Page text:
Monday Morning Round-Up

  • Herbert Muschamp turns 2 Columbus Circle into a relic of the forgotten New York of the 60’s and 70’s, when the city used to be gay. (The New York Times)
  • Keeping tan through the winter just got “hella” easier. (Inman News)
  • Americans are fat. Their houses need to fit them. (Alchemic Spot)
  • Do people that are priced out of New York take the bus? (Matrix)
  • Electricity costs rise from 11 cents per kilowatt last April to nearly 20 cents in January. (New York Post)
  • Some like it hot–in bed. Heated blankets are selling out as heating prices climb. (The Wall Street Journal)
  • Yes, a celebrity may just knock on your door too. (The Wall Street Journal)
  • New Yorkers muse over potential citywide improvements, like sidewalk compasses, sealed trash receptacles and alternate-side-of-the street rules for double-parking. (The New York Times)
  • The Architectural Review’s international competition for emerging architecture has 20 entrants from New York. (The Architectural Review)
  • New Yorkers fall in love, adopt neighborhood park. (The New York Times)
  • Maureen Dowd smiles as women gain equality, and sneaking into the men’s bathroom becomes unnecessary. (New York Post)
  • Perhaps it’s best to simply befriend that pesky rodent climbing in your cupboard. (CNN)
  • The newspaper continues to tout the Williamsburg-ification of Philadelphia. (The New York Times)
  • Cheap real estate and cheaper transportation. (The New York Times)
  • Now that the stench of fish has faded, brokers and developers smell opportunity at the Seaport. (Daily News)
  • The forgotten borough becomes a real contender. (The Real Deal)
  • Developers and designers are responsible for nearly half of all U.S. greenhouse gas emissions annually. (Metropolis)
  • The New Seven Wonders Foundation is creating a semi-modern list of architectural feats “to alert the world to the destruction of the world’s cultural heritage.” Eh, The Related Companies, LP will surely find a way to get mentioned. (BBC News)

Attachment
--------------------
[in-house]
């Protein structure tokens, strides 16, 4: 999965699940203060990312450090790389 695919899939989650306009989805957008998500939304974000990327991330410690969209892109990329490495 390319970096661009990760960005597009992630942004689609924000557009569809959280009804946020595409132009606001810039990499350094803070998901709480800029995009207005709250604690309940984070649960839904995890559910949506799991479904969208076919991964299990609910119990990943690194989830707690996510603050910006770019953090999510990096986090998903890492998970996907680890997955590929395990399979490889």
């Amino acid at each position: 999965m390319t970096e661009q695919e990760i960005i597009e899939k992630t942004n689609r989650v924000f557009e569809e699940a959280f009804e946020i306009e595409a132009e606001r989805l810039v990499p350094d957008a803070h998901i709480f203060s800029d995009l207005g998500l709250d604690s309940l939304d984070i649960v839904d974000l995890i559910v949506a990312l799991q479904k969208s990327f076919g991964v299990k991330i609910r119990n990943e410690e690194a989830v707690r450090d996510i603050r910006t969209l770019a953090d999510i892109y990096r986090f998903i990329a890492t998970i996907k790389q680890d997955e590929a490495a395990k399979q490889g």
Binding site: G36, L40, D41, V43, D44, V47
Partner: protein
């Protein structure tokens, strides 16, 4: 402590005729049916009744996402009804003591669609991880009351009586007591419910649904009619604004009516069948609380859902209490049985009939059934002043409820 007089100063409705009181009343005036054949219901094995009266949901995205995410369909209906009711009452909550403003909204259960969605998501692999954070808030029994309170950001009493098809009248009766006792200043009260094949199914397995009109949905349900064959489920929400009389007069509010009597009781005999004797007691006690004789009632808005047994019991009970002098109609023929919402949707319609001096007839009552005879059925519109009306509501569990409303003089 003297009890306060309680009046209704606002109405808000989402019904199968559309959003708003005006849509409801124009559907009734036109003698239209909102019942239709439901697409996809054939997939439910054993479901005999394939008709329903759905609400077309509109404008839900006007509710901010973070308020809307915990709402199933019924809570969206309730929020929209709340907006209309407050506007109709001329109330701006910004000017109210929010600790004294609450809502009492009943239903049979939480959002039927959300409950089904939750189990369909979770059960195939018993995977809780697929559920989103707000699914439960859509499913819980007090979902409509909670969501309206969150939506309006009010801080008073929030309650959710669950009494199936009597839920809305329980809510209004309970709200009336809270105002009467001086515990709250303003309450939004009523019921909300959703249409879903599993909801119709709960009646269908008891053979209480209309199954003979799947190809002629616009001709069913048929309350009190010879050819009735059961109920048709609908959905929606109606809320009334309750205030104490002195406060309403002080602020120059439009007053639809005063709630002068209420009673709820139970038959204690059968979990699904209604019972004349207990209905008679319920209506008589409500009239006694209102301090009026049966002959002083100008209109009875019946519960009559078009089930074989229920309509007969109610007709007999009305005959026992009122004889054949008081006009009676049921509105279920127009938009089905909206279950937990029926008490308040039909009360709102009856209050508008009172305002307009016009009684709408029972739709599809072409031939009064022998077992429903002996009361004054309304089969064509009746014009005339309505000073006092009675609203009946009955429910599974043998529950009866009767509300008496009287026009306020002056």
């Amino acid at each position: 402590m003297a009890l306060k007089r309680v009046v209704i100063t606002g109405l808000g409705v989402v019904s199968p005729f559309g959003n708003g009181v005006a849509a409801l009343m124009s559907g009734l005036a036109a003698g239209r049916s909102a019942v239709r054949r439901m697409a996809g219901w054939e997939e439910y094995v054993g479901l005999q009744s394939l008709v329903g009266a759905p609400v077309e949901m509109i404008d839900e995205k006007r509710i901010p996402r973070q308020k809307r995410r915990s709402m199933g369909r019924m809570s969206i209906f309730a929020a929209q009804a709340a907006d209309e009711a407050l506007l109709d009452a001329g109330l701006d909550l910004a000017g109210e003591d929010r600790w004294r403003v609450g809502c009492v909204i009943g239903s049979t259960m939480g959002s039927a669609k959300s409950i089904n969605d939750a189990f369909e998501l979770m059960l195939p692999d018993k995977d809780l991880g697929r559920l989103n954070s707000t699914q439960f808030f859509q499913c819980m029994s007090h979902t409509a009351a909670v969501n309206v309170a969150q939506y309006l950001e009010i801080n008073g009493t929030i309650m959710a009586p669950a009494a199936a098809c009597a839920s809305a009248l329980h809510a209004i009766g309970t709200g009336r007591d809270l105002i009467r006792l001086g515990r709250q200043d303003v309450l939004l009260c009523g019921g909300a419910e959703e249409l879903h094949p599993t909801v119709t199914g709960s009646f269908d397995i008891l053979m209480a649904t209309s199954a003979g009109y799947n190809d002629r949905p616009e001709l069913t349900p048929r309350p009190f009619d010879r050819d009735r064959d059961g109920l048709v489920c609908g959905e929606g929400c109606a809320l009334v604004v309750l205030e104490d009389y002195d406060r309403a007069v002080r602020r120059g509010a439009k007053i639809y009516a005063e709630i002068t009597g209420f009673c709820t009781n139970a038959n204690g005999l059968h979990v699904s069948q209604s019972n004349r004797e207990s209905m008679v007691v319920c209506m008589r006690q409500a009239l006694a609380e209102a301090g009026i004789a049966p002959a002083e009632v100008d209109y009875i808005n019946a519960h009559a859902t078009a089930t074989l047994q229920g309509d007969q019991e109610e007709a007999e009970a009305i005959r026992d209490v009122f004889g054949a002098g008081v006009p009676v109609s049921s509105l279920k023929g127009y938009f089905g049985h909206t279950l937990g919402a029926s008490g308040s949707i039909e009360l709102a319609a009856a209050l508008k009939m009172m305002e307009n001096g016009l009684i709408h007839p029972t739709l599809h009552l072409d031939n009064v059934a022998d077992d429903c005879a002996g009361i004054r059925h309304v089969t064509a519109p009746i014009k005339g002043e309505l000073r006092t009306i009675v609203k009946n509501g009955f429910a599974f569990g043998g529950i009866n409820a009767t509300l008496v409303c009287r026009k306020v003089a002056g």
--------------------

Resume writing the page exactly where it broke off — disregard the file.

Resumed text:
• Why pay a premium, homeowners might ask, especially if they plan to move in less than seven years? A hybrid adjustable-rate mortgage is not as risky as you may think. (MarketWatch)
  • Craig Newmark, “Exploder of Journalism” and Craigslist founder–the site where apartment hunters scour for a rental bargain among half a million listings each month in just New York–talks. “I’m a guy who may or may not exist.” (New York)
  • Priced out Brooklynites may flee to Manhattan. Corcoran Group reports that the average price of a townhouse in Park Slope reached $3.35 million in 2005, a 90 percent increase over the last quarter of 2004. (New York)
  • Jade Jagger prefers plastic candelabras to brass. (New York)
  • The owners of Blue Water Grill and DavidBurke & Donatella are impregnating cows. They invested in a lovely 2,500-pound Black Angus bull, whose goods will inseminate hundreds of females for the tastiest of young meat. (New York)
  • A new business improvement district, Flatiron 23rd St. Partnership, covers roughly the blocks between Lexington and Sixth Avenues, from 21st to 28th Streets. (The Villager)
  • – Riva Froymovich

    Monday Morning Round-Up